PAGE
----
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Monday, 24 September 2018 10:54

Call for social media giants to crack down on 'celebrity endorsement' scams Featured

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Celebrity endorsement scams are rife in Australia with people increasingly being caught out by fake advertising scams, prompting the competition watchdog, the ACCC, to call on Google, Facebook and Instagram to do more to crackdown on the “fake ads” to prevent scammers reaching potential victims.

The call for action by the social media sites comes from Australian Competition  and Consumer Commission Deputy Chair Delia Rickard who says “most of the reports to Scamwatch involve these scam advertisements running on Google ad banners or as ads in Facebooks news feeds”.

“These tech giants must do more to quickly suspend ads, as every time consumers click on a scam ad, they are at risk of losing money.

“If you are caught up in one of these scams, call your bank immediately to try and arrange a chargeback and to stop any further debits to your credit card.”

Rickard issued her call on the social media giants as the latest report by the ACCC’s Scamwatch revealed that celebrity endorsement scams have jumped by 400% in 2018 – and with losses increasing a staggering 3,800 percent so far this year.

The ACCC reveals in its Scamwatch report published on Monday that the scams often appear as online advertisements or promotional stories on social media or a seemingly legitimate, trustworthy website.

The ACCC notes that the scams include fictitious quotes and “doctored or out-of-context images of the celebrity”, such as presenters from the TV show Shark Tank, promoting a product such as skin care creams, weight loss pills, or investment schemes.

And the Commission says the Scamwatch website has received almost 200 reports in 2018 and recorded losses totalling more than $142 000 – with people aged 45 and older accounting for 63% of losses to the scams -  and women more likely than men to be a victim.

“The growth in these scams is very concerning, particularly as over half the reports we received included a financial loss. Most people lost between $100 and $500 and in one case, a victim lost more than $50 000 through fake celebrity endorsement of an investment scheme,” Rickard said.

Rickard says the scam works by consumers signing up for a ‘free trial’ for a product, and as part of this process, they have to provide their credit card details.

The ACCC statement observes that the ‘free trial’, however, has strict terms and conditions such as having to return the product within a near impossible timeframe, and an automatically renewing subscription that is difficult to cancel. These terms are often only visible on the document that arrives with the product.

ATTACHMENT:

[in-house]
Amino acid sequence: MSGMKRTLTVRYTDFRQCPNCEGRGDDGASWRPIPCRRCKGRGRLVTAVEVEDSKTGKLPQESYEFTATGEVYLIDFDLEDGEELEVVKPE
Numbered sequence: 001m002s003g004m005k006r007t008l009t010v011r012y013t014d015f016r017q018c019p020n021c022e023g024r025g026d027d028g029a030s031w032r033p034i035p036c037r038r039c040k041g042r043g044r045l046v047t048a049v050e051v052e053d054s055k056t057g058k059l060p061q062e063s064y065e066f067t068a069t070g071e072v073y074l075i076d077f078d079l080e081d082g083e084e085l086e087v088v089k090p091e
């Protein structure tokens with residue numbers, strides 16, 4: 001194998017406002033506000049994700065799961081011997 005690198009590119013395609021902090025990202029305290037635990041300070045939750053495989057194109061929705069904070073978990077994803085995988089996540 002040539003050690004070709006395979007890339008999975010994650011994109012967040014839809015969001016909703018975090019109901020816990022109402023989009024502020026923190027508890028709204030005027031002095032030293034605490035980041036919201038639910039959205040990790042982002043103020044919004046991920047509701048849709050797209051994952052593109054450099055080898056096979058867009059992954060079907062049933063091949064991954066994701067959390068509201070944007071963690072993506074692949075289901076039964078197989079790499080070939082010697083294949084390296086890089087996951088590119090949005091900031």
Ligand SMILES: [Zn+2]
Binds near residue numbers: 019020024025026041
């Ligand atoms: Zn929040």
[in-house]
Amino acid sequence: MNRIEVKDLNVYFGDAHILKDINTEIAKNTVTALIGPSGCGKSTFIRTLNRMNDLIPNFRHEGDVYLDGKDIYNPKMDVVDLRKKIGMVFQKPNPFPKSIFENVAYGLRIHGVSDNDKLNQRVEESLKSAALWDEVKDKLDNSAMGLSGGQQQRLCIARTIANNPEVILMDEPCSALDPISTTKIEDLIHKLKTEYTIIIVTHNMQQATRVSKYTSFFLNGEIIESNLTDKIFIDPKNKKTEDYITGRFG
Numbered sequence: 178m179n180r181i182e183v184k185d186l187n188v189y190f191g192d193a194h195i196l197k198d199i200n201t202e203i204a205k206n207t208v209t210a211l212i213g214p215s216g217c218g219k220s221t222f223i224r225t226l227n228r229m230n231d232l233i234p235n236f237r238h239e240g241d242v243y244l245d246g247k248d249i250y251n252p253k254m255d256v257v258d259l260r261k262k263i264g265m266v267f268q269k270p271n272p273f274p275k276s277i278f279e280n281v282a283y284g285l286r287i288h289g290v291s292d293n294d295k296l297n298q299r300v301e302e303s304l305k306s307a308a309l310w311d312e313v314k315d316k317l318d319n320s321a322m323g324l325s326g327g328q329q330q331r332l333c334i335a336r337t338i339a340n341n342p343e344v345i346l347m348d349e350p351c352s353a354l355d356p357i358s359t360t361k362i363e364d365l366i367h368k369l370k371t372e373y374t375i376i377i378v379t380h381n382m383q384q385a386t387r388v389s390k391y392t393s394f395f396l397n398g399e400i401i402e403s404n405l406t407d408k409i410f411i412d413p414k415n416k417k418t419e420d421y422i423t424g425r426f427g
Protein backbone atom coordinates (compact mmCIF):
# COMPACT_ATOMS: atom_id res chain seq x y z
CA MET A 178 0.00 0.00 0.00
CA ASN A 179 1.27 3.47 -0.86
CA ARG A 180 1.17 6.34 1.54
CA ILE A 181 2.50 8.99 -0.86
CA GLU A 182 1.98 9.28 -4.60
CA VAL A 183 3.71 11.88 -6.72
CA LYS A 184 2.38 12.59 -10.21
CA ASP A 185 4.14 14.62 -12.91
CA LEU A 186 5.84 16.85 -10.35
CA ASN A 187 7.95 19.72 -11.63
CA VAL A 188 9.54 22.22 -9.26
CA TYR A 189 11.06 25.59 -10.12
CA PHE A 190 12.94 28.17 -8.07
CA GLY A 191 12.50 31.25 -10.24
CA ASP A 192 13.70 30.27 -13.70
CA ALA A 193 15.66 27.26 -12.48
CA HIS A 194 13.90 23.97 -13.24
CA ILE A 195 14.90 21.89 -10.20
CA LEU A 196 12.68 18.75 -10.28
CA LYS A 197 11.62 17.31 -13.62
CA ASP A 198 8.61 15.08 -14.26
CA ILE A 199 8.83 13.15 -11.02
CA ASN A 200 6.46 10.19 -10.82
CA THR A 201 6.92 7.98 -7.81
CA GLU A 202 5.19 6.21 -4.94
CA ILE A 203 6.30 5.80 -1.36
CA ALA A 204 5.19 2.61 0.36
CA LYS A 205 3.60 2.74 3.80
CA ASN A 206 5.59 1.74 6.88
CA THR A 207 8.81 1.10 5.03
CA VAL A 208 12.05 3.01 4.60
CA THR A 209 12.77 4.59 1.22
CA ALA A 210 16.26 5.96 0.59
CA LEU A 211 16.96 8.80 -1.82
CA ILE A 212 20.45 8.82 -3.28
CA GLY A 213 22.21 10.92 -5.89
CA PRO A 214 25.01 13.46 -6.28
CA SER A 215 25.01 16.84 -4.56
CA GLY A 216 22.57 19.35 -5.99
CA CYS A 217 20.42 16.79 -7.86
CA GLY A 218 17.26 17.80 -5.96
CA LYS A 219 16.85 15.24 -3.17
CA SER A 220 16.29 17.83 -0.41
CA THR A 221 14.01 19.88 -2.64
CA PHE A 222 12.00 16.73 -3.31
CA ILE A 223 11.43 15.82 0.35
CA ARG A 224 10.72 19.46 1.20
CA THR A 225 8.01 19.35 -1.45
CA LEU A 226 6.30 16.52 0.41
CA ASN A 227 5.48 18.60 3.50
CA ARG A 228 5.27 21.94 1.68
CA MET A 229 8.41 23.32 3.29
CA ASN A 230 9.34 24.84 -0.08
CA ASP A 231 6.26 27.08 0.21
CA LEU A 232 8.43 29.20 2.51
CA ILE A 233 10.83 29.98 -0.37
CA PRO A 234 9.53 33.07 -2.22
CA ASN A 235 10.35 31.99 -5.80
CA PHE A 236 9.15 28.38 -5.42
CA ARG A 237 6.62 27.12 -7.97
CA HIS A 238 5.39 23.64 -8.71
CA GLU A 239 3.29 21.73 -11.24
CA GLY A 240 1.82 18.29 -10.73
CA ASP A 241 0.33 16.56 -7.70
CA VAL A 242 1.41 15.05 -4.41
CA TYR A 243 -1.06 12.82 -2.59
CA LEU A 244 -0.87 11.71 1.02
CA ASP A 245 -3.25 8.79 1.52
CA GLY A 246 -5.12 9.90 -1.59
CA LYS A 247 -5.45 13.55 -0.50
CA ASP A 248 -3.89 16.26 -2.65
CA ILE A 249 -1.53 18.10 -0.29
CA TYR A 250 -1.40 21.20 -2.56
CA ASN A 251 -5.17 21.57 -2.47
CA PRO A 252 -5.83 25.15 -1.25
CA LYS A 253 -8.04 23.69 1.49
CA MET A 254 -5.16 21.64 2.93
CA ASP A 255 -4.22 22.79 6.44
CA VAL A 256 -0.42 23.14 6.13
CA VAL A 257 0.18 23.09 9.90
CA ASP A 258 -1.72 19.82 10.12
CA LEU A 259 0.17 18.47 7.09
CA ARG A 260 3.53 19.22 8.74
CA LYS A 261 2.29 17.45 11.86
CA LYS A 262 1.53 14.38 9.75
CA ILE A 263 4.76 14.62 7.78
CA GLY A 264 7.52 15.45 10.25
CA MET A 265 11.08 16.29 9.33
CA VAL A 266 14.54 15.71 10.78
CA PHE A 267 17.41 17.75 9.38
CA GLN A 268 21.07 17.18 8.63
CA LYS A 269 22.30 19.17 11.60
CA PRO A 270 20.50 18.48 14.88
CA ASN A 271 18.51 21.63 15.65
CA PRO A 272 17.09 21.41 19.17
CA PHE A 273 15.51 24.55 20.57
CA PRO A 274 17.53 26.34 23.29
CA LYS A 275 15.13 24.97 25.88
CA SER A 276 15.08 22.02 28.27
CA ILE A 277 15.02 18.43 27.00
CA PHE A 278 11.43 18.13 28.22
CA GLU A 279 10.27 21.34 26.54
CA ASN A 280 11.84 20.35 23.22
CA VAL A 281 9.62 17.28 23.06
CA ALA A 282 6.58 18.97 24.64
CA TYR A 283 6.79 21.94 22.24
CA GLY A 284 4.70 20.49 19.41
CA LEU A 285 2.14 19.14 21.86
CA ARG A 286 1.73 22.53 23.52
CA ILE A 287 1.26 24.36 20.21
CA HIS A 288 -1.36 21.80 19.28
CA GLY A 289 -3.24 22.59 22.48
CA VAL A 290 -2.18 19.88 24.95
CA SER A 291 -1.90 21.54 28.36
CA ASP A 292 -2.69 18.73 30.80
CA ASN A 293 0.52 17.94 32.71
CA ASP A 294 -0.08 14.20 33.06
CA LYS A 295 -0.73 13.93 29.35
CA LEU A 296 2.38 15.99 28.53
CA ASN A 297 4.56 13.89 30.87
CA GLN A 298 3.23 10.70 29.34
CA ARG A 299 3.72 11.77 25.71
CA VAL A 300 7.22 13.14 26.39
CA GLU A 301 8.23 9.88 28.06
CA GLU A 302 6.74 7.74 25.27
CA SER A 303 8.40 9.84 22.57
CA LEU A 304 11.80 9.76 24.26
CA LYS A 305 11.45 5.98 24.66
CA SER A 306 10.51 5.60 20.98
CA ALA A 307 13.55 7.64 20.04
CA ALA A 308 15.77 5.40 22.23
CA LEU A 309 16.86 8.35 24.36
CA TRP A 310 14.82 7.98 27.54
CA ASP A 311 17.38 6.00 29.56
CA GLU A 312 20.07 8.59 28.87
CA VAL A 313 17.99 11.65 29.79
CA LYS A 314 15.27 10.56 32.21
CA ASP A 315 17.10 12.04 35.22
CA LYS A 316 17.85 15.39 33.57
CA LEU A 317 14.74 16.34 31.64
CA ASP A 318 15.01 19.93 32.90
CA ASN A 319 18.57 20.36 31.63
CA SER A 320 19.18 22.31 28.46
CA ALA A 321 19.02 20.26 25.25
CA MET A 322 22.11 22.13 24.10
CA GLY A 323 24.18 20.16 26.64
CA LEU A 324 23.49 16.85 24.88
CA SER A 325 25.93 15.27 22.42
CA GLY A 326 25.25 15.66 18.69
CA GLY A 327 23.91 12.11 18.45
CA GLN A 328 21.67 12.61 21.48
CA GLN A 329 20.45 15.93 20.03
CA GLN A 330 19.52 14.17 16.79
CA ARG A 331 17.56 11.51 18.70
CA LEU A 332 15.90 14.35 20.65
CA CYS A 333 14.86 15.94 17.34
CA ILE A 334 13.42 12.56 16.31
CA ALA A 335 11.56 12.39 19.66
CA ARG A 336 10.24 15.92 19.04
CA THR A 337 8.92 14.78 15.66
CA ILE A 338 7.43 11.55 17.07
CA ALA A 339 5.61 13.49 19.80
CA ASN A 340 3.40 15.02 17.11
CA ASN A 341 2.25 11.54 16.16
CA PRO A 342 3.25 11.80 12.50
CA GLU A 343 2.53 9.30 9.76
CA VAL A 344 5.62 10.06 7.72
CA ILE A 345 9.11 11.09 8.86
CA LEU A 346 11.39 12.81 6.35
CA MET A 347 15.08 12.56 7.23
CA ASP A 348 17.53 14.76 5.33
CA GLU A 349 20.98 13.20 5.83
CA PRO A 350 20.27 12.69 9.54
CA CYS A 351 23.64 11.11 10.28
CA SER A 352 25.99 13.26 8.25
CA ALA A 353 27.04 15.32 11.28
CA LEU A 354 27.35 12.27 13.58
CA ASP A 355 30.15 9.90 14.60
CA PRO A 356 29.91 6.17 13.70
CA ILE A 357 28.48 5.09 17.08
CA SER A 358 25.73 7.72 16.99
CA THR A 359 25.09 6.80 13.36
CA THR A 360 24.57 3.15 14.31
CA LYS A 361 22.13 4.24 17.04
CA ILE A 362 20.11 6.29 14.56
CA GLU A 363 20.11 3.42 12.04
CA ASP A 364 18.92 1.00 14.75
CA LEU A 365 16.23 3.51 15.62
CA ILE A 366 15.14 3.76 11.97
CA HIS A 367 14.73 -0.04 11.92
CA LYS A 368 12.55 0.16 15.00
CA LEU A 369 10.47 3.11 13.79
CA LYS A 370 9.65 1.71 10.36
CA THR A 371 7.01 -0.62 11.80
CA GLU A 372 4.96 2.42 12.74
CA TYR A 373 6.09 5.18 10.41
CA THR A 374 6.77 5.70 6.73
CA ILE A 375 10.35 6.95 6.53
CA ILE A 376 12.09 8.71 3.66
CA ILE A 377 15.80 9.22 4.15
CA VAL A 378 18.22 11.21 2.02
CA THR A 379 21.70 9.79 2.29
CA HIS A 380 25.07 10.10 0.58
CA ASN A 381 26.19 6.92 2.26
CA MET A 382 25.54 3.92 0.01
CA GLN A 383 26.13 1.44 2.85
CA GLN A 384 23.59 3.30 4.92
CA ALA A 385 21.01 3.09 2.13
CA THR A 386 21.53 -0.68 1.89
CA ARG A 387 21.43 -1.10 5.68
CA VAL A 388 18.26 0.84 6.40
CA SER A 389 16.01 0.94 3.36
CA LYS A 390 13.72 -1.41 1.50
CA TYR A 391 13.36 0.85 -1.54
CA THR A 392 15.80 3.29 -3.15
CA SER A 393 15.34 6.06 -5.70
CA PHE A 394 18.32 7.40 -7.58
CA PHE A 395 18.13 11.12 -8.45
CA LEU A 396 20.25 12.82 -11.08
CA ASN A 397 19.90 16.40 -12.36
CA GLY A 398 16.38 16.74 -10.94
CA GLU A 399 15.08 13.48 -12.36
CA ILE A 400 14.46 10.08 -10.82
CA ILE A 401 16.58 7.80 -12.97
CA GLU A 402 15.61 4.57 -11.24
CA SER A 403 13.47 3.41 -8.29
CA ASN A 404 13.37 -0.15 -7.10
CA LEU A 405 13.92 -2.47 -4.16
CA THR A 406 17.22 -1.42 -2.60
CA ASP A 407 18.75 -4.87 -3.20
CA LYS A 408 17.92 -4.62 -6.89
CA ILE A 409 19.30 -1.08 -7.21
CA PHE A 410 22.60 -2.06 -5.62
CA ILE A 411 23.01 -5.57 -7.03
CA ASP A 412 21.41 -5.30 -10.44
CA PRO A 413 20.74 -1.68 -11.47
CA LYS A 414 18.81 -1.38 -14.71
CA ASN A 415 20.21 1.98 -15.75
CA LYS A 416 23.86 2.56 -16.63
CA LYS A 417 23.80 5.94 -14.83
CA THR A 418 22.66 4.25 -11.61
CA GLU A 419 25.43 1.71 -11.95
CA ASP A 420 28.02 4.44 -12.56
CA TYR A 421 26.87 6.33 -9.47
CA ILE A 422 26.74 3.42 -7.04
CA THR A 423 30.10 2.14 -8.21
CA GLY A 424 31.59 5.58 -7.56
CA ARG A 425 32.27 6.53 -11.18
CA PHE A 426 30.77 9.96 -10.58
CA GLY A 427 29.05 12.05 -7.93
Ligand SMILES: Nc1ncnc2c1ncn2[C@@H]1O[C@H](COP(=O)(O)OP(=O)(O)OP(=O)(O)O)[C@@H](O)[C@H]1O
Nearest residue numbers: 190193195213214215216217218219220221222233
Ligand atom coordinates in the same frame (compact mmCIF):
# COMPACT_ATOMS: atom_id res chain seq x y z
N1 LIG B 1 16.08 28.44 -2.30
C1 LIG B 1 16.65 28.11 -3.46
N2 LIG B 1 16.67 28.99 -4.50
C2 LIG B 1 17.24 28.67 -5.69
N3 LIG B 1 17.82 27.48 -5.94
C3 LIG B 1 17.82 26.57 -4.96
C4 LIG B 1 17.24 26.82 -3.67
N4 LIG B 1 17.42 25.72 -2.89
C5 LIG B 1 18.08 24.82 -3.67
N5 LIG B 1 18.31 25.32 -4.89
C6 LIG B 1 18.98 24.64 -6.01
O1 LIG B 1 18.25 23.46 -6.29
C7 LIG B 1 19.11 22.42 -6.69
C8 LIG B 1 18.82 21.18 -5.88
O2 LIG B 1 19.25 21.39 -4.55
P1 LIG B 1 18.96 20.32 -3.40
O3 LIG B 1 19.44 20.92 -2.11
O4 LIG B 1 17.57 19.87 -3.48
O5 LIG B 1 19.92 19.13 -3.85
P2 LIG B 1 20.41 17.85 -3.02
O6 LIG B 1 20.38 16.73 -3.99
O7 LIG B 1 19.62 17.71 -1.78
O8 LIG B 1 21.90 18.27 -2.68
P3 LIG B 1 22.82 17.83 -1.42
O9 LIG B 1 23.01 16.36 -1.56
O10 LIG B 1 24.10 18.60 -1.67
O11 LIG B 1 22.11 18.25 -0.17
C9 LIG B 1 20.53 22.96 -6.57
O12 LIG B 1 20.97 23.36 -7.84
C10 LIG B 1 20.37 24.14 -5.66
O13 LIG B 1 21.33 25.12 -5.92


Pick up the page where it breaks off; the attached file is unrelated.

“The groups behind these celebrity endorsement scams are organised and sophisticated fraudsters who are often involved in other scams. It’s easy for them to create fake ads and websites to give credibility to their con, so people need to be very careful and sceptical about ads they read on social media and websites,” Rickard said.

“It is vital to research and read independent reviews of the company. Consumers should verify celebrity endorsement of products from the celebrity’s official website or social media account.”

And here’s a list of celebrities - provided by the ACCC - who have been used in celebrity endorsement scams based on reports to Scamwatch from members of the public:

  • Cate Blanchett
  • Deborah Knight (Nine News Sydney presenter)
  • Delta Goodrem
  • Dr David Sinclair (Head of Ageing Lab UNSW)
  • Dr Oz
  • Emma Thompson
  • Georgie Gardner (Today Show)
  • Jessica Rowe (Studio 10)
  • Kyle Sandilands
  • Lisa Wilkinson (Today Show)
  • Mark Shuttleworth (BBC/CNN)
  • Meghan Markle
  • Mikhail Varshavski (Dr Mike – US Celebrity)
  • Nicole Kidman
  • Oprah
  • Sally Field (American actress)
  • Sonia Kruger (The Voice, Today Extra)
  • Steve Baxter (Shark Tank)

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Peter Dinham

Peter Dinham is a co-founder of iTWire and a 35-year veteran journalist and corporate communications consultant. He has worked as a journalist in all forms of media – newspapers/magazines, radio, television, press agency and now, online – including with the Canberra Times, The Examiner (Tasmania), the ABC and AAP-Reuters. As a freelance journalist he also had articles published in Australian and overseas magazines. He worked in the corporate communications/public relations sector, in-house with an airline, and as a senior executive in Australia of the world’s largest communications consultancy, Burson-Marsteller. He also ran his own communications consultancy and was a co-founder in Australia of the global photographic agency, the Image Bank (now Getty Images).

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